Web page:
Brussels - Seas At Risk has commemorated its 25th anniversary with a special marine litter policy event followed by a celebratory party at the Museum of Natural Sciences in Brussels. 

Seas At Risk was founded in 1989 as an association of NGOs working in Europe to influence policies affecting the marine environment, and has been based in Brussels since the early 2000s. We marked this quarter century of protecting the marine environment by holding a seminar in the European Parliament entitled ‘Making the link: Marine litter and the circular economy'. The event was sponsored by MEP Simona Bonafe, chaired by SAR Executive Director Monica Verbeek, with a key note address from Karl Falkenberg, Director General of DG Environment. 

The aim of the event was to demonstrate that the best way to deal with marine litter is through prevention of waste. It was especially timely due to the release of the Circular Economy Communication in July, which includes an aspirational marine litter reduction target and other measures to implement a circular economy in Europe. The event also aimed to demonstrate the necessity of policy makers’ support for strong recycling targets and the circular economy measures proposed in the communication, in order to safeguard the marine environment from waste.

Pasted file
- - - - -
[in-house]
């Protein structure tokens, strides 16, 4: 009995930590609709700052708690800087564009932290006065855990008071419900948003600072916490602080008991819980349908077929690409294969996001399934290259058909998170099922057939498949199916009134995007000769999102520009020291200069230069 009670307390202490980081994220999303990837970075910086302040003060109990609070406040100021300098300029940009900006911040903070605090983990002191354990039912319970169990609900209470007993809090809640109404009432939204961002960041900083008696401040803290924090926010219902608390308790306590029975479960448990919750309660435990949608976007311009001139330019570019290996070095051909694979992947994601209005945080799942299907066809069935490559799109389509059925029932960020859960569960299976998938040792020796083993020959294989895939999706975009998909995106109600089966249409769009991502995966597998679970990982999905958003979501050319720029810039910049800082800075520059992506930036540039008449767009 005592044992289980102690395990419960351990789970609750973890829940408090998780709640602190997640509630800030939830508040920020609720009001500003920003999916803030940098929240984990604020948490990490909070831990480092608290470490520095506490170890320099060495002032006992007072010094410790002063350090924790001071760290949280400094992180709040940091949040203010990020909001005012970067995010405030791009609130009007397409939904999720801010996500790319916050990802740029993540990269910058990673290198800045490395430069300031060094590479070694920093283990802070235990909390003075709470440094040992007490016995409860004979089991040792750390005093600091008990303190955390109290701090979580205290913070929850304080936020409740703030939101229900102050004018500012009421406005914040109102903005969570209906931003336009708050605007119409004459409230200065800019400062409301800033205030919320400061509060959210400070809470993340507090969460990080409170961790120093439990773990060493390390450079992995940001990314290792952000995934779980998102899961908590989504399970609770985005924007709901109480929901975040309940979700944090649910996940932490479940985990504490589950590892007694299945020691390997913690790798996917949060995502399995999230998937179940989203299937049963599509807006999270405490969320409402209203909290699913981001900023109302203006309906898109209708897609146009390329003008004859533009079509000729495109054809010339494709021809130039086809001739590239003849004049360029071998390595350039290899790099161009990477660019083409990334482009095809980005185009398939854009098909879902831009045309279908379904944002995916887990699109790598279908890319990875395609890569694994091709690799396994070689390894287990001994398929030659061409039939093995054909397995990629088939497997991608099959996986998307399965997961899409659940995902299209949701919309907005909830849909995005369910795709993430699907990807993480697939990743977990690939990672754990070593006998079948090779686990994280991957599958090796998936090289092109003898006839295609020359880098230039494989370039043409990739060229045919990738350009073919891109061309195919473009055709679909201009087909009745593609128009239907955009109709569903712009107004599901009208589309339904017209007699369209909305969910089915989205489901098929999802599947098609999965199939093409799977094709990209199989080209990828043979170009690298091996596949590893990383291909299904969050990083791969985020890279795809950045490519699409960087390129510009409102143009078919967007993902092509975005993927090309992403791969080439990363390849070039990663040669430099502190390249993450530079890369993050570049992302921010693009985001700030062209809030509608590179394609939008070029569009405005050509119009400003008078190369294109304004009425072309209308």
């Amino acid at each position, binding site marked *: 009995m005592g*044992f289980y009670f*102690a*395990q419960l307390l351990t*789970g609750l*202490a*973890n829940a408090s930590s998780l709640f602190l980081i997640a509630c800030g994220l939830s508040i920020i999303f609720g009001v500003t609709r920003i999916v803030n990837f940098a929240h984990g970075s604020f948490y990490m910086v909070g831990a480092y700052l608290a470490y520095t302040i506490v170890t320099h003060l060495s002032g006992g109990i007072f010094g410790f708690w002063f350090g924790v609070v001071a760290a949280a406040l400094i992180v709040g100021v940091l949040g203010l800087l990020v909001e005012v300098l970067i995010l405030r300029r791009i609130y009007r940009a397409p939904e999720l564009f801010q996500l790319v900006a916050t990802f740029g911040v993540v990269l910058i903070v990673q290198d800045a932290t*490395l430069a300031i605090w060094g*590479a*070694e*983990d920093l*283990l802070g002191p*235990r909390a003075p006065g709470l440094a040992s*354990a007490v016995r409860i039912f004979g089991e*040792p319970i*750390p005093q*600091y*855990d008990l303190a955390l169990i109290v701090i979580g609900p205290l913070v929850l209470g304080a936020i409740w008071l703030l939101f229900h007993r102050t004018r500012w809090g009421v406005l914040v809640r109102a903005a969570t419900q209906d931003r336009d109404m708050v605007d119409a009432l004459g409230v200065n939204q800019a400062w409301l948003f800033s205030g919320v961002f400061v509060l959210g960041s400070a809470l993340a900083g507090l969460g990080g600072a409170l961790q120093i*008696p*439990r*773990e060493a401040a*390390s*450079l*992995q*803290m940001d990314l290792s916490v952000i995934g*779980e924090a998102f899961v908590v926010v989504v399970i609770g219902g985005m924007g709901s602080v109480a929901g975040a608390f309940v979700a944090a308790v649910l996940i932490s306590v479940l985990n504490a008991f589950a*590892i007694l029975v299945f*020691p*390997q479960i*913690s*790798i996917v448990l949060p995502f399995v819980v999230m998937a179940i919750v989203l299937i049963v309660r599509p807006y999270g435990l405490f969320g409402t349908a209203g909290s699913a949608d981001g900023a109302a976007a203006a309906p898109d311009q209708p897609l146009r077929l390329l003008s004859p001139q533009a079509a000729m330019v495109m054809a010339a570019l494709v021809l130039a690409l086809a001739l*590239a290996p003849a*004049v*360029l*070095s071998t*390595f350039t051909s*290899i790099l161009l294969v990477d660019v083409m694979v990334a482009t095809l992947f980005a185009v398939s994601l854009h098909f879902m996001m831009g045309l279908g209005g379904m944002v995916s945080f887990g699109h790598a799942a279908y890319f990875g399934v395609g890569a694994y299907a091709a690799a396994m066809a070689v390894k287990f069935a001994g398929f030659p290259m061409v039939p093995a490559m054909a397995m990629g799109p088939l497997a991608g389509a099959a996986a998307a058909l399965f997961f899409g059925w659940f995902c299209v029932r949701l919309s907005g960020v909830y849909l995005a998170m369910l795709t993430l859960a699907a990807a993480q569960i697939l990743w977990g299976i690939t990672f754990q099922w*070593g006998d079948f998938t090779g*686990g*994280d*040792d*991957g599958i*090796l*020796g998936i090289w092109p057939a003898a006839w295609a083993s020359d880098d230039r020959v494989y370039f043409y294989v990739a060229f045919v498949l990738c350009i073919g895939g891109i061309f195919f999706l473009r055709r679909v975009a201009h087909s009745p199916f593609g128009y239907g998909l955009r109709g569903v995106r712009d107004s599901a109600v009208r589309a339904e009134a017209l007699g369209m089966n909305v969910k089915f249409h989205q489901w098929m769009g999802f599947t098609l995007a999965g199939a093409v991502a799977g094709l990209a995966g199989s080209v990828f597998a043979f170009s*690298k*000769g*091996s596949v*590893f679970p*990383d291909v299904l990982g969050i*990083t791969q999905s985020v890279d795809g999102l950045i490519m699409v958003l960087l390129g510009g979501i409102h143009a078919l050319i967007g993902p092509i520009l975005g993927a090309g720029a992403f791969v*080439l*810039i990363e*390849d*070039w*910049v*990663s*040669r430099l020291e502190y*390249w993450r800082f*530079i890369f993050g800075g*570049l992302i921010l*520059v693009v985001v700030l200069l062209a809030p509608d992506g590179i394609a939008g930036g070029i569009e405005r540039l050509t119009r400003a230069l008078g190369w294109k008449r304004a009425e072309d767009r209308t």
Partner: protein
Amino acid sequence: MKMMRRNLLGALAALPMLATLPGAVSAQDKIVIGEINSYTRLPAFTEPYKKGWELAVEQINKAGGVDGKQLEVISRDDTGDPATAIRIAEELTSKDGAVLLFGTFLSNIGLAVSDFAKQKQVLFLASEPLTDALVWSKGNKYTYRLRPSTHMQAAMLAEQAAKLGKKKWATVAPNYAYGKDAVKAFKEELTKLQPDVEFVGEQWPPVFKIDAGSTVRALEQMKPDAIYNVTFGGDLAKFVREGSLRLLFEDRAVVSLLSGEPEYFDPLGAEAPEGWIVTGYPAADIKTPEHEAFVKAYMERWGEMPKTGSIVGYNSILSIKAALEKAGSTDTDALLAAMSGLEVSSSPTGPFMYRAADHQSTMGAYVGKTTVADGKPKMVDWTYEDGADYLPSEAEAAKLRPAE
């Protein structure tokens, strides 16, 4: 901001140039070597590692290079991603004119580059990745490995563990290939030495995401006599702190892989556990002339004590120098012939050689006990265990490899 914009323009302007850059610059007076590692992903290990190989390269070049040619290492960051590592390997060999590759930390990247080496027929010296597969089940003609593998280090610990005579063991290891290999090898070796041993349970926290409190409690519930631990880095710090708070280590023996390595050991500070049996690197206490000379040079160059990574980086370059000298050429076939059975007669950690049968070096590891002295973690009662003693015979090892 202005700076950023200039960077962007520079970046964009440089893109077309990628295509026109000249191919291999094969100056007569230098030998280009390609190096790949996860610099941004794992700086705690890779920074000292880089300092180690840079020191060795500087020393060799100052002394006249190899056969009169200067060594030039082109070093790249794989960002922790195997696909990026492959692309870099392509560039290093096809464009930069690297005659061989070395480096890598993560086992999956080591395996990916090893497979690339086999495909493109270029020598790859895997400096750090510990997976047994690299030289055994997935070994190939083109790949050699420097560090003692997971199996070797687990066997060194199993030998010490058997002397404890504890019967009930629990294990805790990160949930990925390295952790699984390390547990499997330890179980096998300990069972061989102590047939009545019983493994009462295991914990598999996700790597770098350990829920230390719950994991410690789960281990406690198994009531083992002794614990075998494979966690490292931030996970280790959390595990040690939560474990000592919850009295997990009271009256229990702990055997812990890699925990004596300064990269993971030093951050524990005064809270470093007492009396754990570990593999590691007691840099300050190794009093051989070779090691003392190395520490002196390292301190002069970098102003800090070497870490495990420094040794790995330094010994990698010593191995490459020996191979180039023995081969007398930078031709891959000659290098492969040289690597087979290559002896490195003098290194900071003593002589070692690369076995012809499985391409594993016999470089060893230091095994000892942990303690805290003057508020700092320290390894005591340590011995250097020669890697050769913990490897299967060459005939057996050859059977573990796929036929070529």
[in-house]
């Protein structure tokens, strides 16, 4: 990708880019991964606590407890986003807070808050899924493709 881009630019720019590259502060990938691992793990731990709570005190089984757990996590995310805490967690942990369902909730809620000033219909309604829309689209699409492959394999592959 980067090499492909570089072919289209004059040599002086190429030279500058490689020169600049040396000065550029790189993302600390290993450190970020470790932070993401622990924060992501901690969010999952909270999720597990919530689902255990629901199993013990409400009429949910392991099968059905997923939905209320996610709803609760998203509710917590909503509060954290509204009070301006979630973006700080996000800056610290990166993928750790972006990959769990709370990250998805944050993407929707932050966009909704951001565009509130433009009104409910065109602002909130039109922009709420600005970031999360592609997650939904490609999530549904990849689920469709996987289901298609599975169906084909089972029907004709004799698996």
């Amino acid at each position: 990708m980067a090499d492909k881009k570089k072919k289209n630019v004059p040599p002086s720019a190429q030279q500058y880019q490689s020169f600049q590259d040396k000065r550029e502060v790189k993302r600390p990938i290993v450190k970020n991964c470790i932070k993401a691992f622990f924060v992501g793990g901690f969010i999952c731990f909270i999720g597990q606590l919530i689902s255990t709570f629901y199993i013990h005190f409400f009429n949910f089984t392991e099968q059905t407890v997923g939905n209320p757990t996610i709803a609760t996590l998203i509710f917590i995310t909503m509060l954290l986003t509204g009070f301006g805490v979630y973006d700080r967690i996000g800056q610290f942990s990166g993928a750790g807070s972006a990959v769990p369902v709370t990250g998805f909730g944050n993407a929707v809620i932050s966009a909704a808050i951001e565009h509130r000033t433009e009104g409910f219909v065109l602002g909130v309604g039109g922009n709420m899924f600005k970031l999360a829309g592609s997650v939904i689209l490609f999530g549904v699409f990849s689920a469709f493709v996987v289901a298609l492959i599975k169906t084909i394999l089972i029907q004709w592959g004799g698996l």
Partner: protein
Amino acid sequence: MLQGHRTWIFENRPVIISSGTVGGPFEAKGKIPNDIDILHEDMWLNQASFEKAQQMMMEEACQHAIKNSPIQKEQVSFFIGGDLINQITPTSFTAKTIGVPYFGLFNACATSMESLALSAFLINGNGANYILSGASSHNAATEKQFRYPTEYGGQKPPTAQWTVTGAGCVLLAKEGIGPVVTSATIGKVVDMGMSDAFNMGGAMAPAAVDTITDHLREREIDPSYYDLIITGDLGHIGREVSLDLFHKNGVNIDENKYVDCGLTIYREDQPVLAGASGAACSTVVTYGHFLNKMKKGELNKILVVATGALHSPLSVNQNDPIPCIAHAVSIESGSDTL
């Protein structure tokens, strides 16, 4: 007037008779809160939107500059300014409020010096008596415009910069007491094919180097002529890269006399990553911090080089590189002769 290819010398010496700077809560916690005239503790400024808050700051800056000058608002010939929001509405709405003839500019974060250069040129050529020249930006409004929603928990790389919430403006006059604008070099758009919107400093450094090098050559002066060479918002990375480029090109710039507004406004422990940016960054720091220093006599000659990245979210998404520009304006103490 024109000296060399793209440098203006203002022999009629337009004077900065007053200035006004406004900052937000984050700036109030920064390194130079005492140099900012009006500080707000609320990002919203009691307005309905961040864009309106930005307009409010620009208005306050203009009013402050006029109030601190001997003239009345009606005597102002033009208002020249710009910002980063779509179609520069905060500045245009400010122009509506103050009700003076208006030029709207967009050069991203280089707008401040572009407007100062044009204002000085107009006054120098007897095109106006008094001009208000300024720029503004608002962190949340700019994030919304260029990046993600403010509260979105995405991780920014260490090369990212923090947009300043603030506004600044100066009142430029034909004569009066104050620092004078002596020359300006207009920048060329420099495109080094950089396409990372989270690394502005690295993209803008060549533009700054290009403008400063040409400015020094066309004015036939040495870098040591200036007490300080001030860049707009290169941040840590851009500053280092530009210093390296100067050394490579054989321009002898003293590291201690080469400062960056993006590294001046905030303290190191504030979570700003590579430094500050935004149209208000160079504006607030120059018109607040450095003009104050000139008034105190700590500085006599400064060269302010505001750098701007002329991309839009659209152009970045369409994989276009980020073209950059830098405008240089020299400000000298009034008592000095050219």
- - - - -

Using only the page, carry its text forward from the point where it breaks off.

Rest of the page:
We heard about specific issues relating to marine litter, and various points of view on the legislative framework that needs to be implemented to improve the situation in Europe. The key point was that our activities on land are intrinsically linked to the oceans, and our society’s current level of consumption is causing irreversible damage. Policy makers now have the ideal opportunity to work towards a solution with the circular economy package. 

The event consisted of two high level panels, the first on the problem of marine litter, and the second on how we can achieve a circular economy to tackle marine litter. The full agenda can be found below, along with the presentations of our speakers.

Following on from the afternoon event in the European Parliament, the participants joined other friends of Seas At Risk across the road in the impressive Hall of Dinosaurs in the Museum of Natural Sciences. Guests included representatives of the network’s member organisations, MEPs, Commission officials and other NGOs, who were addressed by our chair, Sam Fanshawe. Seas At Risk co-founder Cato ten Hallers talked about the early days of the organization and senior policy advisor and Seas At Risk veteran John Maggs highlighted some of the successes Seas At Risk has enjoyed during its first 25 years. Executive Director Monica Verbeek talked of our desire to make sure that we are no longer needed as an organisation in another 25 years, and spoke to our hopes for a more sustainable and green (or blue) future for Europe’s seas.

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